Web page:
The band went through a five-month writinq and rehearsal period and emerged in the spring of 1969 with producer Walter Raim who recorded their first album in a week.
Even today, Construction #1 jumps out and grabs the listener with its funky brand of horn driven rock and Ravan's unmistakable vocals. From the opening bass riff of the Ravan original, Tightrope, through seven other tracks (mostly all written by Zager and Schefrin), the album is a tour-de force for Genya Ravan.
The record contains
many songs that became TWD staples during their four year history. (They were also part of Ravan's solo repertoire). Eye Of The Needle, Candy Man Blues (Ravan's vocal tribute to Billie Holiday) and Ain't Gonna Happen represent just how innovative the band could be.
"I was the drive Zager was the ten and Schefrin was the wheel," says Ravan. "We had a remarkable partnership, and very much a democracy, even though I was the one in the spotlight, I never lost sight of the fact that Michael and Aram wrote most of the music and kept the rest of the musicians together musically."
Schefrin wrote Iyrics; Zager wrote the music and both did the intricate horn charts, and together with Ravan, they placed the final spin on the songs. TWD looked to take straight ahead rock songs and stretch them to their absolute musical limits. Nearly every element in these songs were built into complex, but remarkably natural sounding arrangements. The vocal harmonies wove in and out of the multi-layered horn lines and the band was somehow able to jump back and forth between powerhouse electric guitar solos and smooth, jazz flavored piano highlights.
Construction #1 became a critical and FM radio smash, and the band's appearance in Atlanta sent them well on their way. It was the beginning of a long love/hate relationship between Ravan and the music press, who called her a true musical visionary, but made endless comparisons to Janis Joplin.
The band returned to the studio to record 1970's Brief Replies with producer Guy Draper. Featuring the band's only charting single, Morning Much Better, the highlight of the album was unquestionably the Jerry Yagovoy power ballad, Stay with Me, with Ravan's red hot vocal and saucy blues harmonica. Covered at the same time by Janis Joplin, it was TWD's version of Stay With Me that received the most radio airplay. The coincidence, unfortunately, only intensified the comparisons to Joplin.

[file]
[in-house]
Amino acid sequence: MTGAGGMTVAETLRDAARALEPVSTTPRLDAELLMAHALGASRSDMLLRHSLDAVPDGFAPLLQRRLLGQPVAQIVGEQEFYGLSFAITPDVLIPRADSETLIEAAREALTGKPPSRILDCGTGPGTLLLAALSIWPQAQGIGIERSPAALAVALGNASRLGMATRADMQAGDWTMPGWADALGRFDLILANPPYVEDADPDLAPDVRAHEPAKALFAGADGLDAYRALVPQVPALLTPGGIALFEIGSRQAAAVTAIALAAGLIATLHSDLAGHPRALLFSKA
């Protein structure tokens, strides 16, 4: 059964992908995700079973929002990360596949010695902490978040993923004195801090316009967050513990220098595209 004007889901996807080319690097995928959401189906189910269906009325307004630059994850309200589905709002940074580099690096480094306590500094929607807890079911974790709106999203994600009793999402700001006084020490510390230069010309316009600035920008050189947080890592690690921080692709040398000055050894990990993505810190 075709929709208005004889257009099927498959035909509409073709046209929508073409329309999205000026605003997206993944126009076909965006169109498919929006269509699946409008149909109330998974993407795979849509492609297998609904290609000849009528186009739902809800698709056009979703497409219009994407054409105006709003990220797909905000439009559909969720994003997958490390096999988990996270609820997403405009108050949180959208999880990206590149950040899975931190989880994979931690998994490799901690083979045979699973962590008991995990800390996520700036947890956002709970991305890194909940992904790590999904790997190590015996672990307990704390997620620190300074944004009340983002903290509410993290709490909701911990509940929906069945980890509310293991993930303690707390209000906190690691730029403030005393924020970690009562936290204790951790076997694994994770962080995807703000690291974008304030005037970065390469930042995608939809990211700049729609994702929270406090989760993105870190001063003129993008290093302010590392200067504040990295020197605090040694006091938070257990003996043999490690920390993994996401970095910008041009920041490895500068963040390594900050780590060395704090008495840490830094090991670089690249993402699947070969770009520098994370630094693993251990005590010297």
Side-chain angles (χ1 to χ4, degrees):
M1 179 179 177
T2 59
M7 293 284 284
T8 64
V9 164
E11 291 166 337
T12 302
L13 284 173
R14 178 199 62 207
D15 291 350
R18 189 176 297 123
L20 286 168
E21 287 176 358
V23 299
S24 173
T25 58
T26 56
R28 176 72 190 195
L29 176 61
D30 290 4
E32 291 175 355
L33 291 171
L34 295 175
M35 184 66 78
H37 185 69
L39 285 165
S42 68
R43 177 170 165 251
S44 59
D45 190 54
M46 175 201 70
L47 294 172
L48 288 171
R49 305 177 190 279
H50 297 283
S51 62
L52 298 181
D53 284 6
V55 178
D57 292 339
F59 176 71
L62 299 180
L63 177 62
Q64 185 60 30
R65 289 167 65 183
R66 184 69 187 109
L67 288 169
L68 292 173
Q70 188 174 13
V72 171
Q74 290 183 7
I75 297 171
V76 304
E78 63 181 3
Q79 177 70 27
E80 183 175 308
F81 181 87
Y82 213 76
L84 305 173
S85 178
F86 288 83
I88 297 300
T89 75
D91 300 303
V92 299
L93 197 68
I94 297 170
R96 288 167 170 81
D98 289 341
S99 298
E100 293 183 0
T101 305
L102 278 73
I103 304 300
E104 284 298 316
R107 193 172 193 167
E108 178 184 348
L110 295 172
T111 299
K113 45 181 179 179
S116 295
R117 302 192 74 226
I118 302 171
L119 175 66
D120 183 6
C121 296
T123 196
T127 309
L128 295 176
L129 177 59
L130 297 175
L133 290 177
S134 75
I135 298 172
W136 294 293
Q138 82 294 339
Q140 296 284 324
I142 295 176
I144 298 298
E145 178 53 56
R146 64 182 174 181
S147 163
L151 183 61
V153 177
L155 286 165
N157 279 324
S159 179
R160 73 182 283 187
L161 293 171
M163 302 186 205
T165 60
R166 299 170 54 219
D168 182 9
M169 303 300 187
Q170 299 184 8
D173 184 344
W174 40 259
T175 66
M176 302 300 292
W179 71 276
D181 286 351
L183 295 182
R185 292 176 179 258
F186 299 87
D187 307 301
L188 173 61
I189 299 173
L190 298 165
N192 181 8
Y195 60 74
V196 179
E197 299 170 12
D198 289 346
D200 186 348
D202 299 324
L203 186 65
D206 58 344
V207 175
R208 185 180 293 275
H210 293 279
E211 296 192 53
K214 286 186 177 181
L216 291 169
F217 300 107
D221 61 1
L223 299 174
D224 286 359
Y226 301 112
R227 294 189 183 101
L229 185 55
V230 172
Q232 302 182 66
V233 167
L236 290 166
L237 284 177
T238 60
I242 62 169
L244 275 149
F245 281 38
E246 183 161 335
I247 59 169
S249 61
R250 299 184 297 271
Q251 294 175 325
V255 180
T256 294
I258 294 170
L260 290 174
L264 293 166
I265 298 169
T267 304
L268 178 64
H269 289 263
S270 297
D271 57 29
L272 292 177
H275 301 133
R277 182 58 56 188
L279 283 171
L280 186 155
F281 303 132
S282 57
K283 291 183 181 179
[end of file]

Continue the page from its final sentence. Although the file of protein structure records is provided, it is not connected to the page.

By the third album, Peculiar Friends, everyone had become frustrated.. The initial blast experienced after the first album and at the Atlanta Festival failed to ignite into bonafide superstardom and the band found it increasingly hard to support itself on the rood. Fatigue soon set in.
In the spring of 1971, in one last shining moment, Ten Wheel Drive performed a concert at Carnegie Hall with the New York Symphony. Staged for the benefit of the American Indian Zager and Schefrin premiered a 45-minute concept piece that many consider the pinnacle of their songwriting partnership. It was the only time the band performed it.
"It was a wonderful concept piece about the American Indian," says Ravan. "And no one had the insight to think about recording it. It was the time of wounded Knee and Marlon Brando's involvement with Indians and we did this incredible piece of music, by far the best thing we had ever done. After that our frustrations became insurmountable."
In the summer of 1971, Genya Ravan left Ten Wheel Drive.
She came to this country at the age of seven with her Polish parents after the second World War as Genya Zelkowitz. Settling into a small home in the tenements of New York's Lower East Side, she soon became acclimated to the code of life in Urban America.
"I couldn't speak a word of English when I came," Genya remembers "Ornette Coleman told me later that's why I ended up having such a good ear for music. I was constantly turning to songs to help myself better learn the language."
Ravan joined a street gang called The Furies, and in 1961, on a dare, jumped feet first into the world of rock'n'roll when she became the lead singer of The Escorts, a Manhattan-based band headed by future superstar producer/arranger Richard Perry.